SANTA MARIA, Calf. - The Santa Maria High School Racing Team isn't your typical driver's education class. It may have some similar characteristics, but the after-school program isn't teaching kids how to drive. Instead, it's teaching them how to drag race.
"The race team is a fantastic program," said senior crew chief Christopher Salce. "From the surface, it may look like all we do is build cars and race, but we're actually teaching real life skills on how to be an adult, how to talk to other adult, how to prepare for a possible job, even if not in this automotive field, we build skills that you could bring to any other job interview."
Students don't actually drive the team's race car. That responsibility belongs to former team member Angelina Martinez.
Drivers must be at least 18-years-old and having graduated. What the program does allow is to give the students a real-life professional drag racing experience.
"It's entirely up to us to build the car and to prep it for the race and at the race track we're responsible for maintaining it, fixing any problems it may develop and tuning the car to run better on the track," said Salce.
Created in 2007 by former drag racer Art Foster, who is a Santa Maria High School alumnus, the program is a one-of-a-kind team that competes in the American Nostalgia Racing Association.
"They (other drivers) definitely have a lot of years and experience on all of us, but it's one heck of a challenge, but it you just look at it as a place to prove yourself and see what you can do and prove it on the grandest stage in the world," said Salce.
The team races a 1974 Mercury Comet. It's a car that's doing more than just simply competing against veteran professional drivers.
"They'll come up to me after a race, like the last last race where I beat two previous champions, and they're like I didn't think that car had it in it," said Martinez.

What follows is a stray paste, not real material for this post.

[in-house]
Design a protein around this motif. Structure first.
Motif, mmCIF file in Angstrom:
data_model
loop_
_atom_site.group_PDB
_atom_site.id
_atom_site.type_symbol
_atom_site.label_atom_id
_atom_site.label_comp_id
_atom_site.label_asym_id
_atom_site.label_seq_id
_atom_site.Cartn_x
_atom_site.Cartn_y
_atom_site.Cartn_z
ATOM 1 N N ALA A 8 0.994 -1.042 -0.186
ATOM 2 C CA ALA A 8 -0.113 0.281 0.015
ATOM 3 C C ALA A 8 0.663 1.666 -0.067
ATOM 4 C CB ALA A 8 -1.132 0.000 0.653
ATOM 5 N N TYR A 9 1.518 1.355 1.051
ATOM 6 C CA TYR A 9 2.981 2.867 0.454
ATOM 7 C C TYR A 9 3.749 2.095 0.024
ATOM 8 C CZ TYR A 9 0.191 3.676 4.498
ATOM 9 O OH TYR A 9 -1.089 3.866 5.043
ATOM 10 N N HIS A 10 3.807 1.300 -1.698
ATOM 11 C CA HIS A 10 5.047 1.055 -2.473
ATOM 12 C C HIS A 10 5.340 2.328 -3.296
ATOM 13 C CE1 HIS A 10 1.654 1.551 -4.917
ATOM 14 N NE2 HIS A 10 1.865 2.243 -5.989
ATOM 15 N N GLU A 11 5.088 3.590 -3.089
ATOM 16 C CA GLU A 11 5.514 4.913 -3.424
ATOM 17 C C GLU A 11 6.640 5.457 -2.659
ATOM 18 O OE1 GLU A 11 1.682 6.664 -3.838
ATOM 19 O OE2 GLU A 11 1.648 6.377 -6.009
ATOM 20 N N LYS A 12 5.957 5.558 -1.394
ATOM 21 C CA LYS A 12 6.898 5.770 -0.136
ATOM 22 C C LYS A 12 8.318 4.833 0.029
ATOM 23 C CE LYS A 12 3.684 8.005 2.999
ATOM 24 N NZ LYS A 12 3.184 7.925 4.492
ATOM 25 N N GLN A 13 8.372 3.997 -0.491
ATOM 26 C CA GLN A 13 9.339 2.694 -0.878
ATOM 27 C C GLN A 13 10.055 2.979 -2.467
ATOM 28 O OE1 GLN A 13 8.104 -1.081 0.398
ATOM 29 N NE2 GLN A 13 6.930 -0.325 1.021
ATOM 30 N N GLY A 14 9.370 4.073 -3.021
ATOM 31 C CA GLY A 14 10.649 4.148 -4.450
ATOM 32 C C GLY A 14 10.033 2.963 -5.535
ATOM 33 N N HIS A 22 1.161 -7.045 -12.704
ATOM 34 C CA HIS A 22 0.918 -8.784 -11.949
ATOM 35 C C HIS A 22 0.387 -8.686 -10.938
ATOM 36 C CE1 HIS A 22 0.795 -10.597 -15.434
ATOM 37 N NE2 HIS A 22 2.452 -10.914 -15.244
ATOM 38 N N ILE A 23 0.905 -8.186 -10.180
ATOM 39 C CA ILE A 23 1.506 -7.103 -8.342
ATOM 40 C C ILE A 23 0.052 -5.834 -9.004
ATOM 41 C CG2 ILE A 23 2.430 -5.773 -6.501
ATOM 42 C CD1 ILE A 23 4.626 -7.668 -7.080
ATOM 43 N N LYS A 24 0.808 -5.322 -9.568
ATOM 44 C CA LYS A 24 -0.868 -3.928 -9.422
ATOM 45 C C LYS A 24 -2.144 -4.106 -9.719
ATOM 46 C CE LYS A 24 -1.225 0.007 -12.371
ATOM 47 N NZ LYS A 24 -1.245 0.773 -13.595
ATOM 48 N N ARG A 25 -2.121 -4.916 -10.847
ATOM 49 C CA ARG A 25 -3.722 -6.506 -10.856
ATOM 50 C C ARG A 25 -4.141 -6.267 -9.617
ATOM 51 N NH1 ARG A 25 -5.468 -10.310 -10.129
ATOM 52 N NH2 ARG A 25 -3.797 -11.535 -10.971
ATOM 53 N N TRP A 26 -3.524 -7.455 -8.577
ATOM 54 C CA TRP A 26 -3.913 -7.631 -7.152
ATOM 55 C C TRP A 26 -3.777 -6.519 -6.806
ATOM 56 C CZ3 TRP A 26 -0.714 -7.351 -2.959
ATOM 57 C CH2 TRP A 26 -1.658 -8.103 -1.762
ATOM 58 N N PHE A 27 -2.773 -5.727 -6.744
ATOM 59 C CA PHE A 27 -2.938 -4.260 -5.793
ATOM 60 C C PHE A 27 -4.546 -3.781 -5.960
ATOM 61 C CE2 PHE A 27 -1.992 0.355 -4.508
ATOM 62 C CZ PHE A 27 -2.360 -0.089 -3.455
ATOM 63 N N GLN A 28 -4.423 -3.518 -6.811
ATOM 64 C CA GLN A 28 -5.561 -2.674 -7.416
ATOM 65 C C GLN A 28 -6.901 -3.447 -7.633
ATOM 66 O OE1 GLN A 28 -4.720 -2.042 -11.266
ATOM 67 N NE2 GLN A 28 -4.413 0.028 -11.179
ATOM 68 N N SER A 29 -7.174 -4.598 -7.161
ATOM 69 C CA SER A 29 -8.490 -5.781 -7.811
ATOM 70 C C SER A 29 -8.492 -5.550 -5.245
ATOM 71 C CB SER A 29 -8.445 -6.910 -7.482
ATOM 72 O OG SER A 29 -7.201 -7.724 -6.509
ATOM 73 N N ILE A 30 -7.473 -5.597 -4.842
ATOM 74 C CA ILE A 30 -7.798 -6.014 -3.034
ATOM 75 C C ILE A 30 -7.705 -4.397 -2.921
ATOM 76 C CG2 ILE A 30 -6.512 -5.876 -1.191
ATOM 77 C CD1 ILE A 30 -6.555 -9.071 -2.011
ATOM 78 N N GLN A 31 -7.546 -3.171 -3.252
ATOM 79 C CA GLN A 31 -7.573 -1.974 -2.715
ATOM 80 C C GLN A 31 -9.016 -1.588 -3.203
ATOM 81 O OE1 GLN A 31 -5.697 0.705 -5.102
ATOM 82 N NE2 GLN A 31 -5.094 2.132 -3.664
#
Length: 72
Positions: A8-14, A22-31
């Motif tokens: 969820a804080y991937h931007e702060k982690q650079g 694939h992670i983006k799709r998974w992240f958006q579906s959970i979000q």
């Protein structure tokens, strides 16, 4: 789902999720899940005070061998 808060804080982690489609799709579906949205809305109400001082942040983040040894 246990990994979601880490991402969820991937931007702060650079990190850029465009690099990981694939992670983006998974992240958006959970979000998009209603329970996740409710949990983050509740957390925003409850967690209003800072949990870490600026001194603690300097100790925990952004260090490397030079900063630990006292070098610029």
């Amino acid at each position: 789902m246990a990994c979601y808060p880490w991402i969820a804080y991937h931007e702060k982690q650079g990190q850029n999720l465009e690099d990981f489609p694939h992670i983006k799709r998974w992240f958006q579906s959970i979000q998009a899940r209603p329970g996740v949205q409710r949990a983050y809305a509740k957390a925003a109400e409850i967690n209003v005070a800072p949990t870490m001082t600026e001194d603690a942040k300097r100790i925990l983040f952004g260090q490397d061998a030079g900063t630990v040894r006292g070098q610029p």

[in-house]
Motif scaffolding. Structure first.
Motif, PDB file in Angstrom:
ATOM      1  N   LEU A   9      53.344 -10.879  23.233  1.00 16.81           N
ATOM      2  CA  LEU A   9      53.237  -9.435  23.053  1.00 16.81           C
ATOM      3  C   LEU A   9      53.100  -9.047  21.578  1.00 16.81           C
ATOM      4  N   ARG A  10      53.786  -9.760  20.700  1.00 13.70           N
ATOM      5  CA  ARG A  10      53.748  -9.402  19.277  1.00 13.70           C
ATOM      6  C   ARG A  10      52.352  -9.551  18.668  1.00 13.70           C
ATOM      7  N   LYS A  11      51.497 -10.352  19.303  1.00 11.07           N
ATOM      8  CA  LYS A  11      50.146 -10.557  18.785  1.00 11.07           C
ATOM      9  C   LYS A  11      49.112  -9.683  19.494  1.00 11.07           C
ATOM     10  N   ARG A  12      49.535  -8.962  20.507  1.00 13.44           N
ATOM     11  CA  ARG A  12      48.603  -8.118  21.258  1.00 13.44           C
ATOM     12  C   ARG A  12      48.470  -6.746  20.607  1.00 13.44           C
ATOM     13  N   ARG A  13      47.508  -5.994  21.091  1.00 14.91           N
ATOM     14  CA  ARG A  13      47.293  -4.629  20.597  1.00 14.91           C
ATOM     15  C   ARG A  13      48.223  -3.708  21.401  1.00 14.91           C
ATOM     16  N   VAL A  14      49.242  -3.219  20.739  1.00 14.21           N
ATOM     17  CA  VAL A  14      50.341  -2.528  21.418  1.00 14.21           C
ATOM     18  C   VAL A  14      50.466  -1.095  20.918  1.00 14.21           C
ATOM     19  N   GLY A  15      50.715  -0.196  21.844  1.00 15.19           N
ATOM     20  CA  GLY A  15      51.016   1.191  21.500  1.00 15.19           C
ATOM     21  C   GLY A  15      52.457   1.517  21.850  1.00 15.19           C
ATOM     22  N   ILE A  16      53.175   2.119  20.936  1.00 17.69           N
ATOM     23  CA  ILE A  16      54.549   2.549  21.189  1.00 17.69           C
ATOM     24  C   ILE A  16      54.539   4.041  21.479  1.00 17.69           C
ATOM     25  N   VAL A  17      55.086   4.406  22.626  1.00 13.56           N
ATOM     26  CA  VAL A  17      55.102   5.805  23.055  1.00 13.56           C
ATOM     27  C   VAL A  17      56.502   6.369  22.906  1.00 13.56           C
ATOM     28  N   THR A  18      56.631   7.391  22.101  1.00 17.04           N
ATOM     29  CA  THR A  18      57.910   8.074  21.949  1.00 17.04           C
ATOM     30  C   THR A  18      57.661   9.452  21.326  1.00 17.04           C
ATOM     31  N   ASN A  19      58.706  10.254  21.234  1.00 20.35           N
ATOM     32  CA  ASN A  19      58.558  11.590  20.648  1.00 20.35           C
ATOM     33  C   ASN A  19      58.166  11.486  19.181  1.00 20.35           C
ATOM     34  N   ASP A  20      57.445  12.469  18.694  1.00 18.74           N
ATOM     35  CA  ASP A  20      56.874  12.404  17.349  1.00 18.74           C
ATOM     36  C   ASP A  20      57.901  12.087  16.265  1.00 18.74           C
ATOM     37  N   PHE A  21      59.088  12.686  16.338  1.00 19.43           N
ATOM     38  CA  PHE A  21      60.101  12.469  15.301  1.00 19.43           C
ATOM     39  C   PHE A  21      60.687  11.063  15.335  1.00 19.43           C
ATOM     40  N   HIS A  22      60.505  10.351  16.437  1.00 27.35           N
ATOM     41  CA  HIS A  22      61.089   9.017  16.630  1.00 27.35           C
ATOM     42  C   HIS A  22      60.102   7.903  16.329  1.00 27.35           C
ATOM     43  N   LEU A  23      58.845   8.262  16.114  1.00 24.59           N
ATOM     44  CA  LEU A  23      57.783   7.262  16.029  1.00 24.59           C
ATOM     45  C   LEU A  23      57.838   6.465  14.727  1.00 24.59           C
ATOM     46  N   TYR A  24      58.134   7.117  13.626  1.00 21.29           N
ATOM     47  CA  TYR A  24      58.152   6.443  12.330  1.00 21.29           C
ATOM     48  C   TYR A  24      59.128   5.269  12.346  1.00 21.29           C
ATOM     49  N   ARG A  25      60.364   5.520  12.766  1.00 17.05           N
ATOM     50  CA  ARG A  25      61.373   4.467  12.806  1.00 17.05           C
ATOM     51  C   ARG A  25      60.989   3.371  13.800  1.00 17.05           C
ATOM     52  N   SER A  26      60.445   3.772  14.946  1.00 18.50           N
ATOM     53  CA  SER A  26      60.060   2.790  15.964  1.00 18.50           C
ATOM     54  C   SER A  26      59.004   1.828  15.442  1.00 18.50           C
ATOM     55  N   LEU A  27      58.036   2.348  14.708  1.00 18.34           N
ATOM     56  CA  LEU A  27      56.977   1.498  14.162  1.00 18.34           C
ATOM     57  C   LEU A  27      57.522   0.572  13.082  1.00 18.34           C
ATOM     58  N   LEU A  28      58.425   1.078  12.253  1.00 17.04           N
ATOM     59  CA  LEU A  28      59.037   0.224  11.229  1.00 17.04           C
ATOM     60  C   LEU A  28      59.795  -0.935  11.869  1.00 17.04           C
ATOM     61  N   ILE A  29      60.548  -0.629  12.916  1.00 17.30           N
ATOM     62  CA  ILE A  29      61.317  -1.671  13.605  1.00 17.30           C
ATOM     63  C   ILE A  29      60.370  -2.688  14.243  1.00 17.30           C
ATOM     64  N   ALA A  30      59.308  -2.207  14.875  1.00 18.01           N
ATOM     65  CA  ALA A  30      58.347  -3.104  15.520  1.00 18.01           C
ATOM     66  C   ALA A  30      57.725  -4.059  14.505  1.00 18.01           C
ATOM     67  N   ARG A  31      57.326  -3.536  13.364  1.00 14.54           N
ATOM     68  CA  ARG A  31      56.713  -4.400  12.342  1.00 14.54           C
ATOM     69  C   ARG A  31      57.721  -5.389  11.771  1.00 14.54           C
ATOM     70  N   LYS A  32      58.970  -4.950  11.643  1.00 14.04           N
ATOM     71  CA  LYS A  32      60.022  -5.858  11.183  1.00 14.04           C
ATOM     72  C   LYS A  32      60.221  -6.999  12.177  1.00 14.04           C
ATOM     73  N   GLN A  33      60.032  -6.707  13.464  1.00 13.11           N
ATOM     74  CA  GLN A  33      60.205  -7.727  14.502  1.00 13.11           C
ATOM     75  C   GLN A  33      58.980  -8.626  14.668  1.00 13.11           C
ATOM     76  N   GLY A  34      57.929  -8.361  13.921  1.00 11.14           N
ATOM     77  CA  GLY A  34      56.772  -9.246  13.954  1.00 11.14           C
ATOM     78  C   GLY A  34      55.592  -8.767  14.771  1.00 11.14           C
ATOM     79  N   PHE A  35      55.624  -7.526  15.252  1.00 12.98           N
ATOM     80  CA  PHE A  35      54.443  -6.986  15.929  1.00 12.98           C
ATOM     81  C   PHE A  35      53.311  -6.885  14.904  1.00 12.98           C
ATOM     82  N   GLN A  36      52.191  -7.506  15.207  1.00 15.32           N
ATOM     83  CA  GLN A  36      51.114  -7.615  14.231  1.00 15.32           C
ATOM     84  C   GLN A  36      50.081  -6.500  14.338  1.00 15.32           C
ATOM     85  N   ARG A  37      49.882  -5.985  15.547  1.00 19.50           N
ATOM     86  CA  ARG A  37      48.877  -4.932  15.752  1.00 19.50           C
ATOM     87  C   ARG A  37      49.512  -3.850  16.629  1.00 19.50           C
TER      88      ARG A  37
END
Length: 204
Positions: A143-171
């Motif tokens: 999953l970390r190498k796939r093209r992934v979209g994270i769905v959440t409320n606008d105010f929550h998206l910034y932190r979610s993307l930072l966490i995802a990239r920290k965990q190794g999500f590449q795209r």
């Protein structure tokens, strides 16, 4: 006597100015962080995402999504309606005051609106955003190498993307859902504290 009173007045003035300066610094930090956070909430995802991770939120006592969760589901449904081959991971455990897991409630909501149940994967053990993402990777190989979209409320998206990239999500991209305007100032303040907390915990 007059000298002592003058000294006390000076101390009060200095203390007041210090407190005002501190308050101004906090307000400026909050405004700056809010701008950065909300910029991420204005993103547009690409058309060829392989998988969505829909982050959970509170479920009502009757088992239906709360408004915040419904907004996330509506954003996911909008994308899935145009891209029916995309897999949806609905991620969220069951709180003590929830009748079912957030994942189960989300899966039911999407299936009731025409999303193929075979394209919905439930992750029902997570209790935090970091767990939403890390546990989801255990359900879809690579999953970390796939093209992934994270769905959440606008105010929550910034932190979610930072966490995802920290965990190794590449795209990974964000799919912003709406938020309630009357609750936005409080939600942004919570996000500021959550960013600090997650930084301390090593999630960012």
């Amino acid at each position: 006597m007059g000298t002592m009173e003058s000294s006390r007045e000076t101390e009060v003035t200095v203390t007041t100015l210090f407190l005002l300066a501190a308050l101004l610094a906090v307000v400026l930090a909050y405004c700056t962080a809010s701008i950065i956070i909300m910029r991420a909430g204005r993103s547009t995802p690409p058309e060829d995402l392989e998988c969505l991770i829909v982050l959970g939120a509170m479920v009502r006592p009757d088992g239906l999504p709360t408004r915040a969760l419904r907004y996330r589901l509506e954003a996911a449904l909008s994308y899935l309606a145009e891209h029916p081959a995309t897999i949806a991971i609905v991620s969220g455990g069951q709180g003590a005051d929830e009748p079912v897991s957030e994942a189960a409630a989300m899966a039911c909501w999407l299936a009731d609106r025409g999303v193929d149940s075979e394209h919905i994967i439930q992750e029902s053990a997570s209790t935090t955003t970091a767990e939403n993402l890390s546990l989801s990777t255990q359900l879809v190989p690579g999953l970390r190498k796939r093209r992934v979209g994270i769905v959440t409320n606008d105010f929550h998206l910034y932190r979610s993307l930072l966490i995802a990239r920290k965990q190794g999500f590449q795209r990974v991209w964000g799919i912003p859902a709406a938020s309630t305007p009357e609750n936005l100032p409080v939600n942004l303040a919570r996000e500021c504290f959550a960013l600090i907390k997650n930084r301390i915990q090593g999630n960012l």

The car is competitive on the drag strip thanks to the hard work of the students, including many who start the program without having any prior automotive experience.
"It gives an amazing rush when you see that car go down the track," said freshman team member Gabriela Santos. "When you hear it start up, when you work on it, when you put those parts and you install it to the point where it takes off. The feeling that you're getting is a sense of pride, you're just waiting, you're heart is pounding, so when that car starts and it's purring, it's amazing."
Safety is strictly enforced and team members are held to high standards.
"To stay on this team, you need to have a 3.5 GPA, you need to be responsible and respective to adults. No alcohol, no drugs, nothing like that," said Santos.
The team is totally self-sufficient, meaning they are completely on their own for funding the whole operation.
"The high school gives us no funding," Salce said. "We fund raise all of our funds we need to use to race and we need a lot of it because racing is not cheap. It's a great opportunity to do it. We have to fund raise all the time, it's not stop, handshake, pitch your team, pitch what you need and see what other companies and people might be able to help you out with."
The responsibility of operating a genuine drag racing team, as well as the fundraising aspect, gives students an educational operations far beyond what they would find inside a classroom.
"We're actually teaching real life skills on how to be an adult, how to talk to other adult, how to prepare for a possible job," said Salce. "We build skills that you could bring to any other job interview."
Right now, it's a job well done. The team placing just 4th recently out of 50 cars at the season opening race at the Famoso Raceway near Bakersfield.
"It's pretty amazing the things you get to do, the experiences you have and I wouldn't give this experience us for anything really," said Santos.